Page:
Hello toy lovers, and random readers! We’re here today talking with John Mallamas aka: Jin from or Jin Saotome's Dangerous Toys. He’s a man of many aliases, and we here at MTV Geek! totally respect and understand that. However, whatever name he goes by, there’s no denying his talent as a toy customizer. His work has been seen all over the web, and even in the hallowed pages of Toyfare magazine. Now its being featured here, on MTV Geek! for all of you to enjoy. Let’s get started!
MTV Geek!: John, about how long have you been customizing action figures? What was your first?
John Mallamas: Just thinking back makes me realize it's been a long, long time. Technically I've been customizing action figures since I was a little kid, maybe 6? I use to unscrew the backs of the 3 3/4" GI Joe figures, swap limbs/heads, and paint them with my mom's fingernail polish, heh. But I think I really started at age 16, after getting a job at my friend's comic book shop. There I started to make Star Wars customs, the first...I believe was a Cyborg Jawa with an extendable robotic arm. I'm 33 at the time of this interview so it's been a good 17 years where I have been making true customs that could be displayed and sold.
Geek!: Well, you can definitely tell that time has paid off by seeing the quality of your customs. What's your process when deciding on a new figure project? Do you plan the figure with the base body in mind and map it all out, or is it more of a spontaneous thing?
JM: Most of the time it's spontaneous. I'll see a part or accessory from a new figure and think something like, hey, those hands would look great for so-and-so. Case in point, the new Omac figure in the DC Universe line sports a mohawk so his head could be used for a custom of Marvel comics Gladiator. Fans also email me all the time with suggestions so I may already have a character in mind. First I'll start digging through my bins to see if I have a good base body or browse a website with a database of figures like . Then I'll dig around and look for the best head and hands to attach. After that I decide if anything needs to be sculpted like costume sections or armor, then get to assembling it.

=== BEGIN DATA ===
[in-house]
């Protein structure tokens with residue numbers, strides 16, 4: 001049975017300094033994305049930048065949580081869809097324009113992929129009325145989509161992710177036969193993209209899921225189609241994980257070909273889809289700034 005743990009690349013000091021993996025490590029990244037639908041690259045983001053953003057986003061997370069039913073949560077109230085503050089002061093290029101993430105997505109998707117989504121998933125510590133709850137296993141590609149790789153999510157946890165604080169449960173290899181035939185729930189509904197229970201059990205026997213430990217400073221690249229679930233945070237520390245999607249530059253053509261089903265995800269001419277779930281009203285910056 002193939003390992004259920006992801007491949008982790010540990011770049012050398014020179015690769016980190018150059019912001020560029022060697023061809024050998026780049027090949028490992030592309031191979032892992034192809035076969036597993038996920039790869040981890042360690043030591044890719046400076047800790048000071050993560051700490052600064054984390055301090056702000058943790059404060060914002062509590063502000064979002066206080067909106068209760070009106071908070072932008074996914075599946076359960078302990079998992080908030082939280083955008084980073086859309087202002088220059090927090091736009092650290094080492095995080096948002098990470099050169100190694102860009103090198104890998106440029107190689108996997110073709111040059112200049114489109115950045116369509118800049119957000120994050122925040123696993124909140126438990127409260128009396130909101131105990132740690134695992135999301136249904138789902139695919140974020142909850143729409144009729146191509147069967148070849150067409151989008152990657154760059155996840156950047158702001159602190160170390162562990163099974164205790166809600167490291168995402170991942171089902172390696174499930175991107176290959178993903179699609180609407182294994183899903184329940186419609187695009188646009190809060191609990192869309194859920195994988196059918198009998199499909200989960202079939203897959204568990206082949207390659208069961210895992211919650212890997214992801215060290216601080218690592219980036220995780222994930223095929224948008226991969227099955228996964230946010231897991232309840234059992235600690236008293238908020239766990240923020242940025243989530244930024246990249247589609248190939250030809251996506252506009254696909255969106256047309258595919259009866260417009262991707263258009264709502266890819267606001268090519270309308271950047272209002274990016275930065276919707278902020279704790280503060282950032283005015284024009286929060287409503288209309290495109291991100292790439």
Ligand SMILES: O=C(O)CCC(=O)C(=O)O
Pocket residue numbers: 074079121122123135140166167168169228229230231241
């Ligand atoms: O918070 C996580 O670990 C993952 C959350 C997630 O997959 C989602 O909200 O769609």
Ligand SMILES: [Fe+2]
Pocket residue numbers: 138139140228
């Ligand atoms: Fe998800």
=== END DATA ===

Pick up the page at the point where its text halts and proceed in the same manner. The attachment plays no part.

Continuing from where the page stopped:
Geek!: I'm sure that some characters require a lot more sculpting than others. Which of your customs has received the largest amount of unique tooling?
JM: Marvel's character named Shuma Gorath has a very unique body type so I ended up having to sculpt his entire body from Aves Studio's Apoxie Sculp, a 2-part modeling compound. You really can't find anything out there that looks like a giant tentacled-eyeball right off the shelf. Shuma required quite a bit and three stages of layering the Apoxie Sculpt on him. There's a lot of work involved when it comes to sculpting on a custom because you need it to be a permanent part of the figure, making sure nothing is going to break off or chip when its posed.
Geek!: That is definitely a nice piece of work! A lot of customizers tend to stick with one scale or figure line once they hit their groove; however, you are all over the board from Transformers to Marvel, G.I. JOE, etc. What has been the toughest line for you to master so far?
JM: For me the Transformers line presents the biggest challenge. With other superhero/human character lines you can basically swap parts and add sculpt to create a new character, The design aspect about Transformers however requires you to make sure everything you add, or remove, can work seamlessly along with their transformation. The new head you choose has to be the perfect size to fold up into the hood, the mouthpiece you need to sculpt can only extend out 2 millimeters before it smacks against the engine and the character can't transform properly. So every step you end up measuring parts, testing them, and then trying to attach everything to form a working figure. It can take months!
Geek!: Well, you sir must have accrued years worth of customizing time, cause there are tons of Transformers on your site! Your paintwork on the Transformers, as well as your other figures, is very well done. What’s your painting process like?